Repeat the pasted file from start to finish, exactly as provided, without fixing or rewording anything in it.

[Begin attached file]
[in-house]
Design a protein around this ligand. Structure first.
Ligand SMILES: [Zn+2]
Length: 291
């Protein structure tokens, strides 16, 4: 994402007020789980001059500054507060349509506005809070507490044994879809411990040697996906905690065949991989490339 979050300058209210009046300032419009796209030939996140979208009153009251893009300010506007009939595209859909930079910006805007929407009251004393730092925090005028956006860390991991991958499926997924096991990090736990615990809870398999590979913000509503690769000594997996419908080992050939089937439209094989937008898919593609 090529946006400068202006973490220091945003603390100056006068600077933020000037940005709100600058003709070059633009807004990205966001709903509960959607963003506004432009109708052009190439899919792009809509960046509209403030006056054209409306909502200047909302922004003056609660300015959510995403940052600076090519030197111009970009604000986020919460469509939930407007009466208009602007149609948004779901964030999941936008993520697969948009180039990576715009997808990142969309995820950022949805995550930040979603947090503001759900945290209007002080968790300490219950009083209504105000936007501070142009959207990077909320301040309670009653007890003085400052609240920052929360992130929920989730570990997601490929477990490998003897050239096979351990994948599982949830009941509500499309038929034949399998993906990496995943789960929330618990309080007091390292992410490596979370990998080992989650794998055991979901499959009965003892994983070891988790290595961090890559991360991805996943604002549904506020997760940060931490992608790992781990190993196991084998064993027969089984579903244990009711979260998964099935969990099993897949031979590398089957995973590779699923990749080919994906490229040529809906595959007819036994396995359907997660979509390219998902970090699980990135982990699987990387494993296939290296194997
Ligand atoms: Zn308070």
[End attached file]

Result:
[in-house]
Design a protein around this ligand. Structure first.
Ligand SMILES: [Zn+2]
Length: 291
């Protein structure tokens, strides 16, 4: 994402007020789980001059500054507060349509506005809070507490044994879809411990040697996906905690065949991989490339 979050300058209210009046300032419009796209030939996140979208009153009251893009300010506007009939595209859909930079910006805007929407009251004393730092925090005028956006860390991991991958499926997924096991990090736990615990809870398999590979913000509503690769000594997996419908080992050939089937439209094989937008898919593609 090529946006400068202006973490220091945003603390100056006068600077933020000037940005709100600058003709070059633009807004990205966001709903509960959607963003506004432009109708052009190439899919792009809509960046509209403030006056054209409306909502200047909302922004003056609660300015959510995403940052600076090519030197111009970009604000986020919460469509939930407007009466208009602007149609948004779901964030999941936008993520697969948009180039990576715009997808990142969309995820950022949805995550930040979603947090503001759900945290209007002080968790300490219950009083209504105000936007501070142009959207990077909320301040309670009653007890003085400052609240920052929360992130929920989730570990997601490929477990490998003897050239096979351990994948599982949830009941509500499309038929034949399998993906990496995943789960929330618990309080007091390292992410490596979370990998080992989650794998055991979901499959009965003892994983070891988790290595961090890559991360991805996943604002549904506020997760940060931490992608790992781990190993196991084998064993027969089984579903244990009711979260998964099935969990099993897949031979590398089957995973590779699923990749080919994906490229040529809906595959007819036994396995359907997660979509390219998902970090699980990135982990699987990387494993296939290296194997
Ligand atoms: Zn308070």